Players need to take ownership for results, says Holder


Players need to take ownership for results, says Holder

Saturday, August 17, 2019

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PORT OF SPAIN, Trinidad (CMC) — Captain Jason Holder has urged his players need to “take ownership” for getting West Indies over the line, after the Caribbean side slumped to a six-wicket defeat to India in the third One-Day International (ODI) here Wednesday.

West Indies posted a competitive 240 for seven in a contest at Queen's Park Oval reduced to 35 overs per side due to a three-hour rain break.

However, after reducing India to 92 for three in the 13th over, they failed to take advantage of the position and the visitors recovered to comfortably reach their revised target of 255 with 15 balls remaining.

“You can say that for the entire series, from the T20s straight here to the last ODI,” Holder said, ruing his side's continued inability to capitalise on strong positions.

“We've played some pretty decent cricket in patches and it's just a matter of us to bring it together, more often than not. That's where we've fallen down in the past and continue to let ourselves down.”

He added: “We've just got to find ways. I think it's a situation once we convert once, guys will be able to understand it more and be able to do it more often than not. We just have to get across that hurdle.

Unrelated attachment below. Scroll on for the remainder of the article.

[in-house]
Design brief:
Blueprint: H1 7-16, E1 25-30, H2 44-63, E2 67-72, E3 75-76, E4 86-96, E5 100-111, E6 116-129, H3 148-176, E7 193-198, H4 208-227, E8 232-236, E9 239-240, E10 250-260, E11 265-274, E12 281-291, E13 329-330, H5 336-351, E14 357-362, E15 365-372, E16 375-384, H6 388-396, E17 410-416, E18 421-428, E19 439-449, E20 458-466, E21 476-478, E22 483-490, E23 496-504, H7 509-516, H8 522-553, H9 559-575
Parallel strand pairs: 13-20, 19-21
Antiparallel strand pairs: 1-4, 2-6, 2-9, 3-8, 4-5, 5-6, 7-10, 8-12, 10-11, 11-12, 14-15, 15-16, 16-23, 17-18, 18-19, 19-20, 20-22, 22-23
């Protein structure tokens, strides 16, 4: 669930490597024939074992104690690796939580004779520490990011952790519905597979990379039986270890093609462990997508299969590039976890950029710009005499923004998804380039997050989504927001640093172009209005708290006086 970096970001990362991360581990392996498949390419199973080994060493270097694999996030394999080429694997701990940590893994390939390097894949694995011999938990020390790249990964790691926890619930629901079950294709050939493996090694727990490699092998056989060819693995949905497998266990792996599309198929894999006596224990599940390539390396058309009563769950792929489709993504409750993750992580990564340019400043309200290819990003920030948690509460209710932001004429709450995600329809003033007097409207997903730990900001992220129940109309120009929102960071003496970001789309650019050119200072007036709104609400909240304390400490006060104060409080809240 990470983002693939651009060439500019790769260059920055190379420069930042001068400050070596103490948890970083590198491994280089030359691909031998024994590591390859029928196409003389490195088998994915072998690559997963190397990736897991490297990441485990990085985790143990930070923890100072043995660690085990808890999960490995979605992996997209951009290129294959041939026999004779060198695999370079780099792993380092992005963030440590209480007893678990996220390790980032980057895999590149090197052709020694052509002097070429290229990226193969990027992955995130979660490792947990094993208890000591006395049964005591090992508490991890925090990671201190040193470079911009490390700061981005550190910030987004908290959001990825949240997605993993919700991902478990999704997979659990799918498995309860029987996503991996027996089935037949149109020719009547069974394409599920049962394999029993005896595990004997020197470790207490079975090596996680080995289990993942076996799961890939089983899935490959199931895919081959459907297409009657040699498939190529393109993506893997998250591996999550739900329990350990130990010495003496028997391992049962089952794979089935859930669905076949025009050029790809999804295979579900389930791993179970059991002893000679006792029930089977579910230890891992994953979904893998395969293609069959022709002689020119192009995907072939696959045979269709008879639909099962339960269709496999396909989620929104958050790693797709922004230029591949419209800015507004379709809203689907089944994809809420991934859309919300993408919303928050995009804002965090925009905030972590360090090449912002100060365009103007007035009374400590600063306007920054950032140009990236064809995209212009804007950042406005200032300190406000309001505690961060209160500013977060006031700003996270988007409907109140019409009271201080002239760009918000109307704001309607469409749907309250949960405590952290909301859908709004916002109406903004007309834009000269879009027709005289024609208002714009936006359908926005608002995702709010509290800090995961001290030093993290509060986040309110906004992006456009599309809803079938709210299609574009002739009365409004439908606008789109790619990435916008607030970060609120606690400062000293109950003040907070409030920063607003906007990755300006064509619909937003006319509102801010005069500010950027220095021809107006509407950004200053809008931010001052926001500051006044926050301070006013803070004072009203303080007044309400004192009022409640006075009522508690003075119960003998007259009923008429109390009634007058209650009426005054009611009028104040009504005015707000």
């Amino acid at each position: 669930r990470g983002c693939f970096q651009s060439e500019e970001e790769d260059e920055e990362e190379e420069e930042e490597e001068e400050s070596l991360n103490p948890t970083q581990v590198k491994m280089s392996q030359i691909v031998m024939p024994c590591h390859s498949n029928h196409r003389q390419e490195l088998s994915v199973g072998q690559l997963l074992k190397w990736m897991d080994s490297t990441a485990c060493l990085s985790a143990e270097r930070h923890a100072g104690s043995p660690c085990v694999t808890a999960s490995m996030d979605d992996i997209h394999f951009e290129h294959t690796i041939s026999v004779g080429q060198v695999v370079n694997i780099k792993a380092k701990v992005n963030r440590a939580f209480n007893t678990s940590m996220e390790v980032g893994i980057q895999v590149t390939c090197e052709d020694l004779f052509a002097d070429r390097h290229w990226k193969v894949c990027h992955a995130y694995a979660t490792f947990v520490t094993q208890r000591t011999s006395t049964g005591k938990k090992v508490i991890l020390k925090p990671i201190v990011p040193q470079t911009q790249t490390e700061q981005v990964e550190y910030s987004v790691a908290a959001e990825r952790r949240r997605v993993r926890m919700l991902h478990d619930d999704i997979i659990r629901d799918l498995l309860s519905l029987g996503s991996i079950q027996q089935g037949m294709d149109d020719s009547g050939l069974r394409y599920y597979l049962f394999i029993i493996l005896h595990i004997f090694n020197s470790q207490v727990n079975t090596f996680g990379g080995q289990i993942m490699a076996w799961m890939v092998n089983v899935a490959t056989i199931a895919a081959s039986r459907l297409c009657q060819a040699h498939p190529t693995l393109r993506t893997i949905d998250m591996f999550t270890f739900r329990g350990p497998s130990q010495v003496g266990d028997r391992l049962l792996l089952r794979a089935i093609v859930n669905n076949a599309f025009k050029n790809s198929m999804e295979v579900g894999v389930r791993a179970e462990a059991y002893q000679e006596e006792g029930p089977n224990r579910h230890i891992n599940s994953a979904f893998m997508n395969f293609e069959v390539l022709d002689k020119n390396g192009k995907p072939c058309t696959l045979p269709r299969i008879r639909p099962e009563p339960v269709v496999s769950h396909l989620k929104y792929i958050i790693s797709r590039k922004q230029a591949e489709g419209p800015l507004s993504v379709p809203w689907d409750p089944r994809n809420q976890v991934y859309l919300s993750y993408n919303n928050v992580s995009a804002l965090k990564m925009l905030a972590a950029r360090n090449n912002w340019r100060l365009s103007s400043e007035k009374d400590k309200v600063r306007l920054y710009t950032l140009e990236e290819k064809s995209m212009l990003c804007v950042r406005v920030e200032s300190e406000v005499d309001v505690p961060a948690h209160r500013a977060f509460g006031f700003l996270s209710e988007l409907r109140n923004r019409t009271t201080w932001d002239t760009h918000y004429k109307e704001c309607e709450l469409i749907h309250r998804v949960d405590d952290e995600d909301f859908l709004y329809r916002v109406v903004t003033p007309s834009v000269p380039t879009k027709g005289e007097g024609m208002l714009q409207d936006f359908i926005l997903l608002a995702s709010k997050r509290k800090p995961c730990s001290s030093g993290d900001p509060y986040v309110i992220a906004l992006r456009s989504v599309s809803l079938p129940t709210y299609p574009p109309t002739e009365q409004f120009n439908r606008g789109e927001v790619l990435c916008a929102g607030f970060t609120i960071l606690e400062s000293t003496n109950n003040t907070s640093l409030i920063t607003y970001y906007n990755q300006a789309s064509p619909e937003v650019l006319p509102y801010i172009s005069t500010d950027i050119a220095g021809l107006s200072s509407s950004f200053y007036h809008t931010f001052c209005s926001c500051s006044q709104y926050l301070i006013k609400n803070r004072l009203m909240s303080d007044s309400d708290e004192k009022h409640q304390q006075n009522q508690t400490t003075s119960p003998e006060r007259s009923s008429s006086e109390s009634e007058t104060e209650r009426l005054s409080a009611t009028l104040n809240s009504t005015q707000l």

“It's a situation where we haven't got across that hurdle in a long while in terms of seizing those crucial moments in games. We have to sit down and take ownership.”

West Indies appeared to have done enough when Chris Gayle lashed an entertaining 72 off 41 balls to underpin their innings, after they won the toss and chose to bat. He put on a swift 115 off 65 balls for the first wicket with fellow left-hander Evin Lewis whose 43 came from 29 balls.

India captain Virat Kohli then spearheaded his side's run chase with an unbeaten 114 — his second successive ODI hundred and 43rd of his career — while Shreyas Iyer, in only his ninth ODI, made a crucial 65.

Kohli was dropped on 11 by wicketkeeper Shai Hope off seamer Keemo Paul, a chance which proved costly.

“I felt we were always in the game [at the half-way stage]. We didn't execute as well as would've liked to [during India's run chase],” lamented Holder.

“We've got to hold our chances, we didn't hold them [on Wednesday] and he (Kohli) made us pay for it. Credit to him, he batted really well, and he won the game for India in the end.”

Holder said Gayle and Lewis had been among the bright spots for West Indies despite the defeat, while the bowling had been disappointing in Wednesday's outing.

“There were lots of positives. The way Chris played … Evin Lewis showing a lot of form too. I thought the bowlers had a reasonable time too, in the last game we bowled really, really well. [Yesterday] we were probably off a little bit but generally I think the bowling has led us in the last couple games.

“As I keep saying, it's a matter for us to really seize the key moments in the games and play those key moments a little bit better than we have in the past.”

Holder said much of the ongoing challenges being experienced could be traced back to the regional first class level.

“There's a lot of work still left to be done. At the level below, there's still a lot of work left to be done there in terms of getting players to understand the context of cricket and where world cricket is going,” he contended.

“If you look at our scores in regional cricket, they're still not up to par to where world standard is. We have to take a closer look at the level below and try to get guys into the modern-day format of cricket.”

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